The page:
Crisis Management: How to Handle A Crisis Like A Pro – Part 3: Post Crisis
By Michael Kunert,
Welcome to Part 3 of our discussion on handling a crisis like a professional. In Part 1,we talked about steps to take in your pre-crisis planning to prepare your team better should a crisis occur. In Part 2, we talked about going through the crisis and the importance of staying calm, focused, and thinking through the crisis.
This week, we’re talking post-crisis. What to do to learn and make your team better for the next “hit the fan” moment.
Phase 3 – Post Crisis
So your team made it through the crisis. Your message resonated with the community. The media is pleased, and everyone is taking a much-needed sigh of relief. Now what? Well, the campaign still needs to run, there’s still an election right around the corner.
However, in order to learn from the crisis, those involved should, as soon as possible after the crisis, debrief the events that occurred. This truly is the best way to learn from any failures the team may have experienced.
Debriefing (A Crisis Management Method)
A debrief is an after-action assessment of the crisis. The goal is to use the crisis as a teachable moment to better your team. As you approach the debrief, everyone should address the negative but focus on the positive. Questions you want to answer include:
- What did we do right,
- What did we do wrong,
- What could we have done better
- How do we prevent this from happening again
For debriefs to work effectively, those participating must be brutally honest with themselves and others. Everyone involved should have a say. As you go around the room, members should point out their observations of what went wrong and what they think could have been done better. Again, everyone must do their best to remove their emotions. This should be a learning exercise.
However, try as you might to remove emotions, if the crisis is big or bad enough, this exercise may cause some hard feelings because no one likes being called out in front of a group for making mistakes. One way to take some of the sting away is for each person to identify what they did wrong before pointing the finger at someone else. So, the format should be,
- “Here’s what I did wrong” or “This is what I did wrong” or something similar
- “This is how I’m going to correct it”
- “Here’s what I saw we did wrong” or “This is what I think went wrong” or something similar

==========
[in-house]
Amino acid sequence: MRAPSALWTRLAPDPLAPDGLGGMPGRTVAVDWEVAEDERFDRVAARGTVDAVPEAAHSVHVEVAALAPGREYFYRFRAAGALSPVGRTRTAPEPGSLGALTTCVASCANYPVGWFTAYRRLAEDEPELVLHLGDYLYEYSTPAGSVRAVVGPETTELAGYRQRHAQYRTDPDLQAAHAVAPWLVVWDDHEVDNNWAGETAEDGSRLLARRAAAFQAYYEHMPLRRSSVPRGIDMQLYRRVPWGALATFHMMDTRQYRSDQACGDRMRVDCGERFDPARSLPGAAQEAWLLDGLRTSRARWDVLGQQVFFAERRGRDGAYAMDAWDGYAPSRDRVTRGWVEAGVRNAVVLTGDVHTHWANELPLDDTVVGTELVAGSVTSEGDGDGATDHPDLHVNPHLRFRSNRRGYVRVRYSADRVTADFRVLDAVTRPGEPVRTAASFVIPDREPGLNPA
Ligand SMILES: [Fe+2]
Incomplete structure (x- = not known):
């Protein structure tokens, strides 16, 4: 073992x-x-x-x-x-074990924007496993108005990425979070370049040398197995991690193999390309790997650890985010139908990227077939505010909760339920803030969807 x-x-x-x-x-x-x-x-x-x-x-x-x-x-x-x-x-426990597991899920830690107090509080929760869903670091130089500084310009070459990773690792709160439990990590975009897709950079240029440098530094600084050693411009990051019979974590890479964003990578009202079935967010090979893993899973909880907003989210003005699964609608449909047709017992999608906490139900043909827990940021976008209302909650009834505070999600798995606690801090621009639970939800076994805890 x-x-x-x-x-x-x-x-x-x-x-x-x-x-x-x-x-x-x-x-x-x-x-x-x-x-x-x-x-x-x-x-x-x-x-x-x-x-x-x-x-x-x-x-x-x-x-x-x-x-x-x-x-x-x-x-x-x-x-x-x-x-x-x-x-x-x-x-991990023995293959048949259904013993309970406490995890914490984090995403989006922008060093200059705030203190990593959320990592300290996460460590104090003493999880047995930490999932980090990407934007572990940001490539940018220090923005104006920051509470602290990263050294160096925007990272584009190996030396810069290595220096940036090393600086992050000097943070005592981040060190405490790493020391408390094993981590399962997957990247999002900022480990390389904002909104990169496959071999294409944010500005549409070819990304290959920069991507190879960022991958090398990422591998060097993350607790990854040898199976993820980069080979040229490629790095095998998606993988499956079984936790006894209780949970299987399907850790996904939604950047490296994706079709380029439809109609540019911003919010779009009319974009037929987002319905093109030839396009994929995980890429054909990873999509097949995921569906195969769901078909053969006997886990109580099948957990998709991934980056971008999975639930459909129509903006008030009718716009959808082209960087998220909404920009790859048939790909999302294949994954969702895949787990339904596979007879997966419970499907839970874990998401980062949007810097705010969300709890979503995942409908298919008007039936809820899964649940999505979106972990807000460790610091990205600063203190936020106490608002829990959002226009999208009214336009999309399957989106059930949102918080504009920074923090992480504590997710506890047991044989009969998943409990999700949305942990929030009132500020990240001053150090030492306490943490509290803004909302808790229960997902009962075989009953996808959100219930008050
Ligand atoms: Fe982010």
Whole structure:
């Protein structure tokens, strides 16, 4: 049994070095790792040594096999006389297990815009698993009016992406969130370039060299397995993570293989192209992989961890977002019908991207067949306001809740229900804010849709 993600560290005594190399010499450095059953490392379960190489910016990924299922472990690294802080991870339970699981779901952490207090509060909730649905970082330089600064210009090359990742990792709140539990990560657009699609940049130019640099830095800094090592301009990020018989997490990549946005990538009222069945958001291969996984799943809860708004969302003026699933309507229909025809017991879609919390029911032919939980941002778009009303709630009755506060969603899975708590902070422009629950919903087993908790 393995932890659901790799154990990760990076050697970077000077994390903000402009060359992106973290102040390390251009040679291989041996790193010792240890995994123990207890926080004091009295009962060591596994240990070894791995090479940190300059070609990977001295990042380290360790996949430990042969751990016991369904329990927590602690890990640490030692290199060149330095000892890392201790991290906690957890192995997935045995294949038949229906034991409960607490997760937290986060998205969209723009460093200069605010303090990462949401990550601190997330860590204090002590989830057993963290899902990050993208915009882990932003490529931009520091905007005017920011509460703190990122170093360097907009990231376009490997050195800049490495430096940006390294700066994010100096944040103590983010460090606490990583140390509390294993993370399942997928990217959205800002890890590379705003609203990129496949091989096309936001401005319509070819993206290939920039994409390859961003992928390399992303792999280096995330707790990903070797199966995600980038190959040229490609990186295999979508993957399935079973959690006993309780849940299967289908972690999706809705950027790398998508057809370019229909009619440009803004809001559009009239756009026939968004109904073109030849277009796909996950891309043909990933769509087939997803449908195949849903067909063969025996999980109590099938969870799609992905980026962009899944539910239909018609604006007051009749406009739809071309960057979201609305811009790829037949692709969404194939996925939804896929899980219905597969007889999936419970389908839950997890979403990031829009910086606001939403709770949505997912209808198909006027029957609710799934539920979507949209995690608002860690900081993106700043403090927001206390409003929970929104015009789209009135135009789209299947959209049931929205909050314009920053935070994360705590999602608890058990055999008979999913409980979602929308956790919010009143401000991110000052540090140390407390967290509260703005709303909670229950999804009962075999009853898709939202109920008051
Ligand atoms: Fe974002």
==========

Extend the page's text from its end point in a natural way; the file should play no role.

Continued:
- “This is what I think we can do better next time”
Listen To Others
Allow others to chime in to correct any misperceptions that might have happened with the person speaking. A person may have thought there was a mistake but not aware of another situation that had to be overcome, which caused them to think the way they did.
Observer: “I think where we went wrong was not opening the doors when we said we were going to. People were getting antsy, and I heard people making comments.”
Campaign Manager: “Thank you for that. What you were unaware of was right before we were going to open the doors, we lost power to the stage, and we wanted to correct that before we brought the guests in. Do you think there was a better way for us to handle this next time?”
This process also allows for a 360-degree view of the crisis. Sometimes we get so caught up in the event that we don’t recognize what we are doing might be adding fuel to the crisis. Having someone point out mistakes you’ve made that you were unaware of is humbling but done correctly can be a teachable moment.
Campaign Manager: “John, I know there was a lot going on at that time. One of the problems we had during all this was the candidate forgot to charge his cellphone, and it died, and the media couldn’t reach him. Is there any reason why you didn’t bring the backup batteries and cellphone chargers that you were responsible for and how do we correct this next time?”
John: “That’s my fault. Next time I will pack them in my personal backpack rather than in the electronics bag.”
People who take ownership of their mistakes and work to correct them are the ones you want on your team. Those who continually make excuses for their mistakes are the ones you should look to replace when it’s convenient to do so.
Focus On The Positives
Lastly, the goal is to focus on the positive. No one should leave that room with any ill will. No one should leave the room embarrassed. If someone did something so egregious that it would call for their dismissal from the campaign, that should be done privately. Crisis management should me taken with all amount of seriousness and zest.
Conducting a debrief in this manner helps your pre-crisis planning for your next campaign. Also, analyzing the crisis during crisis management in a post-crisis setting may expose how critical the crisis may not have been and may help reduce your stress level the next time around.